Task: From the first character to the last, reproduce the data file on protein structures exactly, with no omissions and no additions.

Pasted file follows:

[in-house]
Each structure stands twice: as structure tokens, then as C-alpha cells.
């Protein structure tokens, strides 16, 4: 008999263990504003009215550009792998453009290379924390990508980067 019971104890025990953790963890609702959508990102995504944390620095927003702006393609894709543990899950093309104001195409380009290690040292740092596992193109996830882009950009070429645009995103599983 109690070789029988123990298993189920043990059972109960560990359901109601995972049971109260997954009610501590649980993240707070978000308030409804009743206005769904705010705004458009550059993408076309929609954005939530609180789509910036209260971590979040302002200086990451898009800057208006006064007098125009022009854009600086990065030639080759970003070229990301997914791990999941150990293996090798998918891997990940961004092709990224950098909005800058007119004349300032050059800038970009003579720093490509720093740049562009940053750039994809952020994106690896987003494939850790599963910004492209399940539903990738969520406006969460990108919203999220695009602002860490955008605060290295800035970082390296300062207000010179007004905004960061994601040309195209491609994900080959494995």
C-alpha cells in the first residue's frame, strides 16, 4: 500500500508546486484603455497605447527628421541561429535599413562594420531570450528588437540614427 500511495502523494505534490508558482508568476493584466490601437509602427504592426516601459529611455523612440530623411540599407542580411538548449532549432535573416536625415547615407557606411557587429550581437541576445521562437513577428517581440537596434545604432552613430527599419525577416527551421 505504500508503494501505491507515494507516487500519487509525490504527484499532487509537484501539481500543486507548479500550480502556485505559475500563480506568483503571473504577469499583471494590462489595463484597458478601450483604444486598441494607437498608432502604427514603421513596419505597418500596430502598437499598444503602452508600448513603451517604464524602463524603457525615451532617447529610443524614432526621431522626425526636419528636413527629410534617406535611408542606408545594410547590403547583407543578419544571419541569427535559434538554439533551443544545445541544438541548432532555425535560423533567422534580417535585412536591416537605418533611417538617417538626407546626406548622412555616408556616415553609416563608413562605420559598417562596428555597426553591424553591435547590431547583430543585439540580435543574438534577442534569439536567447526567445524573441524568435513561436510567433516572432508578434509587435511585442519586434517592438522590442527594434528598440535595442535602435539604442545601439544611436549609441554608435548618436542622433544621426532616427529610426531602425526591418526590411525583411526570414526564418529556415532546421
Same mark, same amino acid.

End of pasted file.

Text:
[in-house]
Each structure stands twice: as structure tokens, then as C-alpha cells.
């Protein structure tokens, strides 16, 4: 008999263990504003009215550009792998453009290379924390990508980067 019971104890025990953790963890609702959508990102995504944390620095927003702006393609894709543990899950093309104001195409380009290690040292740092596992193109996830882009950009070429645009995103599983 109690070789029988123990298993189920043990059972109960560990359901109601995972049971109260997954009610501590649980993240707070978000308030409804009743206005769904705010705004458009550059993408076309929609954005939530609180789509910036209260971590979040302002200086990451898009800057208006006064007098125009022009854009600086990065030639080759970003070229990301997914791990999941150990293996090798998918891997990940961004092709990224950098909005800058007119004349300032050059800038970009003579720093490509720093740049562009940053750039994809952020994106690896987003494939850790599963910004492209399940539903990738969520406006969460990108919203999220695009602002860490955008605060290295800035970082390296300062207000010179007004905004960061994601040309195209491609994900080959494995």
C-alpha cells in the first residue's frame, strides 16, 4: 500500500508546486484603455497605447527628421541561429535599413562594420531570450528588437540614427 500511495502523494505534490508558482508568476493584466490601437509602427504592426516601459529611455523612440530623411540599407542580411538548449532549432535573416536625415547615407557606411557587429550581437541576445521562437513577428517581440537596434545604432552613430527599419525577416527551421 505504500508503494501505491507515494507516487500519487509525490504527484499532487509537484501539481500543486507548479500550480502556485505559475500563480506568483503571473504577469499583471494590462489595463484597458478601450483604444486598441494607437498608432502604427514603421513596419505597418500596430502598437499598444503602452508600448513603451517604464524602463524603457525615451532617447529610443524614432526621431522626425526636419528636413527629410534617406535611408542606408545594410547590403547583407543578419544571419541569427535559434538554439533551443544545445541544438541548432532555425535560423533567422534580417535585412536591416537605418533611417538617417538626407546626406548622412555616408556616415553609416563608413562605420559598417562596428555597426553591424553591435547590431547583430543585439540580435543574438534577442534569439536567447526567445524573441524568435513561436510567433516572432508578434509587435511585442519586434517592438522590442527594434528598440535595442535602435539604442545601439544611436549609441554608435548618436542622433544621426532616427529610426531602425526591418526590411525583411526570414526564418529556415532546421
Same mark, same amino acid.